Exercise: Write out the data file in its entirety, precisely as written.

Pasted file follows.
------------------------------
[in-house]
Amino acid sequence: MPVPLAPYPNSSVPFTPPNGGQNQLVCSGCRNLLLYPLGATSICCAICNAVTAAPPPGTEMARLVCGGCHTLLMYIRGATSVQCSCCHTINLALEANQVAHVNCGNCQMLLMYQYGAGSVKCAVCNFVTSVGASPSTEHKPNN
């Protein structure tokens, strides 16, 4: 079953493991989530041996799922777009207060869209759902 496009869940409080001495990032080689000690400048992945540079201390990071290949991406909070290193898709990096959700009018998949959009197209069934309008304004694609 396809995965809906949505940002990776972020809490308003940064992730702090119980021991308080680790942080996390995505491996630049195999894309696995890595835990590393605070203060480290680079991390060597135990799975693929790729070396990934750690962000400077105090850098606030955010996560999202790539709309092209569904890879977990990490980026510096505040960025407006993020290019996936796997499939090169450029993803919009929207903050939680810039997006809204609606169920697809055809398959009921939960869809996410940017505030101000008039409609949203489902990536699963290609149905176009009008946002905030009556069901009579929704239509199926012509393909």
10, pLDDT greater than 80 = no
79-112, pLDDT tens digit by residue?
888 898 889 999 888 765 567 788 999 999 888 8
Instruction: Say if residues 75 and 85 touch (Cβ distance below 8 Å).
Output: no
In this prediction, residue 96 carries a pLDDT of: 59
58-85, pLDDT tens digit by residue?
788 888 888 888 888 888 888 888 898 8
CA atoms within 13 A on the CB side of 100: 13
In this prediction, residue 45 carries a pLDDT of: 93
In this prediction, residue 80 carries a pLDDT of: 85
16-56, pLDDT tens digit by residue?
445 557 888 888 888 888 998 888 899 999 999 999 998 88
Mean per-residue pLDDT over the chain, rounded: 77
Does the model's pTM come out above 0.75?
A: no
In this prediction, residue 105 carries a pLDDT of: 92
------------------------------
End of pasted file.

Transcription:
[in-house]
Amino acid sequence: MPVPLAPYPNSSVPFTPPNGGQNQLVCSGCRNLLLYPLGATSICCAICNAVTAAPPPGTEMARLVCGGCHTLLMYIRGATSVQCSCCHTINLALEANQVAHVNCGNCQMLLMYQYGAGSVKCAVCNFVTSVGASPSTEHKPNN
């Protein structure tokens, strides 16, 4: 079953493991989530041996799922777009207060869209759902 496009869940409080001495990032080689000690400048992945540079201390990071290949991406909070290193898709990096959700009018998949959009197209069934309008304004694609 396809995965809906949505940002990776972020809490308003940064992730702090119980021991308080680790942080996390995505491996630049195999894309696995890595835990590393605070203060480290680079991390060597135990799975693929790729070396990934750690962000400077105090850098606030955010996560999202790539709309092209569904890879977990990490980026510096505040960025407006993020290019996936796997499939090169450029993803919009929207903050939680810039997006809204609606169920697809055809398959009921939960869809996410940017505030101000008039409609949203489902990536699963290609149905176009009008946002905030009556069901009579929704239509199926012509393909």
10, pLDDT greater than 80 = no
79-112, pLDDT tens digit by residue?
888 898 889 999 888 765 567 788 999 999 888 8
Instruction: Say if residues 75 and 85 touch (Cβ distance below 8 Å).
Output: no
In this prediction, residue 96 carries a pLDDT of: 59
58-85, pLDDT tens digit by residue?
788 888 888 888 888 888 888 888 898 8
CA atoms within 13 A on the CB side of 100: 13
In this prediction, residue 45 carries a pLDDT of: 93
In this prediction, residue 80 carries a pLDDT of: 85
16-56, pLDDT tens digit by residue?
445 557 888 888 888 888 998 888 899 999 999 999 998 88
Mean per-residue pLDDT over the chain, rounded: 77
Does the model's pTM come out above 0.75?
A: no
In this prediction, residue 105 carries a pLDDT of: 92